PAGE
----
You work hard, you play hard and you train hard. So why can’t you shake that last little bit of belly fat or drop those stubborn few kilos? The answer may lie in your stress levels.
According to Ricardo Riskalla, owner of RawFit Personal Training and the head trainer at IMG Models Australia, managing your stress levels is the last key in the health puzzle that many people ignore.
“I am a big believer that mental stress is the biggest problem in society nowadays,” Riskalla tells Coach.
“When one is stressed, the whole body systems go into havoc. And if stress continues for a long time one of the consequences is weight gain.”
The cortisol factor
We all know that after a long, stressful day in the office it’s oh-so-easy to tuck into a packet of biscuits or down a bottle of wine – but that’s not the sole reason why being frantic can cause you to add kilos to your waistline.
The real reason, says Riskalla, is down to a certain hormone that our bodies produce under heated conditions called cortisol.
When our bodies are under significant stress (even if it is all mental), it triggers our “fight or flight” hormonal response, which pumps out increased levels of cortisol.
Cortisol works to limit certain functions in our bodies (like the ability of your muscles to repair itself with protein) in order to allow the body to have more energy to handle the stress.
Over a long period of time, increased levels of cortisol cause muscle wastage (because they aren’t repairing themselves) and cause you to hold onto body fat (because the body believes it will need it for instant energy).
It’s easier to think of it in terms of an analogy: if we were cavemen being attacked by a bear, the body pumps out cortisol to give our muscles the strength to fight it off or run away.
Obviously in the 10 minutes you’re spending bear fighting, you’d want your body to be pouring every last ounce of energy into your muscles – now is not the time for muscle recovery or immune system strengthening.
But as Riskalla explains, there’s actually a whole lot of artificial modern equivalents to “bear fighting”, like answering rude emails, catching the bus on time and curating your Instagram account – and they add up.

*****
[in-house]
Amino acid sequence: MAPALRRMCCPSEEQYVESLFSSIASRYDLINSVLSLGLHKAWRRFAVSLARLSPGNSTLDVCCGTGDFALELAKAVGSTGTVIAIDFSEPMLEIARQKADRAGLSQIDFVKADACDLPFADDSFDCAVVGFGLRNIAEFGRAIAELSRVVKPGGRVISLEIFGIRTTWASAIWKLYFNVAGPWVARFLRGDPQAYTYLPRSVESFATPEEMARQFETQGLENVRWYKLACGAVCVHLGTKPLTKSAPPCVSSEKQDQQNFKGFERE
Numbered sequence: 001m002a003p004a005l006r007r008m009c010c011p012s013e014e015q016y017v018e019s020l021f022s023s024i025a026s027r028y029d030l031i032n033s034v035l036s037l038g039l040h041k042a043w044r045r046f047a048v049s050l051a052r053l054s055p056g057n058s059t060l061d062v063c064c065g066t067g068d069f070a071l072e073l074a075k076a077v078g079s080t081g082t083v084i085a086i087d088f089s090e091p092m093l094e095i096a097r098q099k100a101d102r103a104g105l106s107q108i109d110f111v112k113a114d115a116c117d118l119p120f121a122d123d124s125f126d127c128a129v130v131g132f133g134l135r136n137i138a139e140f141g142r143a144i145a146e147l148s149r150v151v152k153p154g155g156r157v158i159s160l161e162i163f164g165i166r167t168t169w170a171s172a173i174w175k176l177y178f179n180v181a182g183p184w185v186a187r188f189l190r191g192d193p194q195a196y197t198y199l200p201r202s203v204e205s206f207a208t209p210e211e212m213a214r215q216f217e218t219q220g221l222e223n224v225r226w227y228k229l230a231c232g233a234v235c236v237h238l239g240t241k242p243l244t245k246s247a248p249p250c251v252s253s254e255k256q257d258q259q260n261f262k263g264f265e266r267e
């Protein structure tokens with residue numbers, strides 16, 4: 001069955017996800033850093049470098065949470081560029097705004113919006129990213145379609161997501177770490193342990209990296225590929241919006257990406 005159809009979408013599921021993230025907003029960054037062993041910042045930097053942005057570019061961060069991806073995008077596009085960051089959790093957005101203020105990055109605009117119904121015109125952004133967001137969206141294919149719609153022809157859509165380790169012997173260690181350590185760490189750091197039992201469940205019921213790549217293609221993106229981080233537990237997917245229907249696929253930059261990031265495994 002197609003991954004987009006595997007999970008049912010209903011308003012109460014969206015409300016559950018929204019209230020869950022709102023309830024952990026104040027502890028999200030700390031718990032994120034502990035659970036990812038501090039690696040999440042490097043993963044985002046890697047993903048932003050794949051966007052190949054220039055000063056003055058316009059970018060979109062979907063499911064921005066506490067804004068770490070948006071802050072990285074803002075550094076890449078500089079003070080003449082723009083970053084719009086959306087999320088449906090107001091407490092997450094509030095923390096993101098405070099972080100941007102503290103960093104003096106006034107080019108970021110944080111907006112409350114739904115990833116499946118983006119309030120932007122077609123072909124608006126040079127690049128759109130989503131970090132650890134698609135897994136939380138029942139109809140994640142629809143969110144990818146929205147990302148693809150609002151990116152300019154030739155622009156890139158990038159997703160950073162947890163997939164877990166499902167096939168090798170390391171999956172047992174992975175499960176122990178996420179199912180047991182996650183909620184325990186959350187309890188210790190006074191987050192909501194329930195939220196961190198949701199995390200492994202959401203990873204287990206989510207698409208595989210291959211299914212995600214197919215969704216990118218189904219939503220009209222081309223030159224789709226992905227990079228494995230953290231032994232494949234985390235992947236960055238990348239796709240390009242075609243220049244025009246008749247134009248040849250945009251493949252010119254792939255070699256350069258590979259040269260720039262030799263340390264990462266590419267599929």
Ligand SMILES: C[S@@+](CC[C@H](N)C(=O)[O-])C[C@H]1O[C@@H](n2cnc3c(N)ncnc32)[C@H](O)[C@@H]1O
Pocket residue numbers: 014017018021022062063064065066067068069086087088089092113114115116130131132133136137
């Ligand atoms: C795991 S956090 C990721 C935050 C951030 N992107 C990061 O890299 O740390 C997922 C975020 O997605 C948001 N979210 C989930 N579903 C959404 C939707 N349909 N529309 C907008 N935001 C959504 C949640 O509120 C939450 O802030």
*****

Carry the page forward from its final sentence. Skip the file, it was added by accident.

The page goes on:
“The stress hormone cortisol is responsible for changing the immune system responses, plus it disrupts the digestive and reproductive systems,” says Riskalla.
“Cortisol is the part of your body’s alarm system. Every time there is a stress attacking your body, minor or major, from stressing about your latest TV show to a war, the body will compute that as stress.”
“And let me tell you it can build up very easily.”
The more stress you have, the less you can recover
For many of us, the belief is that the life we’ve always dreamed of can be achieved by simply doing more.
If only we exercised two hours a day instead of one, we’ll be skinny; and if only we came to work an hour early, we’d be successful – but as Riskalla explains, it doesn’t always work that way.
That’s because the more stress factors you in your life – be they mental, emotional, or physical – the less capacity you have left in the tank for recovery.
In physical terms, a CEO running a high-stakes company with many daily stressors would have less of a capacity to recover from a tough weights session than say, a uni student on break.
(Of course stress is highly individual – you don’t need to be a CEO to feel incredible amounts of stress.)
“For one person working five hours a day would be stressful, for another one maybe not,” says Riskalla.
“Internal and external stressors would cause cortisol to rise and fail. It all gets back to the mind and how one perceives life.”
The easy way to nip stress (and excessive cortisol) in the bud
Obviously it’s impossible to live a life completely devoid of stress – but that doesn’t mean you have to resign yourself to live in “skinnyfat” purgatory.
Riskalla recommends instead of trying to change the external stress factors in your life, it’s far wiser to control how you personally react to those stress factors.
“To lower cortisol one must practice meditation or deep breathing practice every day, a few times a day,” says Riskalla.
“I recommend for my clients to do it when waking up and before bed for 20 minutes.”
By deep breathing early and late in the day, not only do you increase your likelihood of a good night’s rest, you also enter a better state of mindfulness, which has been proven countless times to enhance your wellbeing.
“Yes, there are things in your life that might be huge stress factors,” says Riskalla.
“But with a calm mind, things that before were massive stressors before become like a walk in the park.
“By creating a different perspective in your mind, and like taking stressful events as life lessons, you can move on.”
Link original: http://coach.nine.com.au/2016/10/07/14/04/how-stress-is-making-you-fat?app=applenews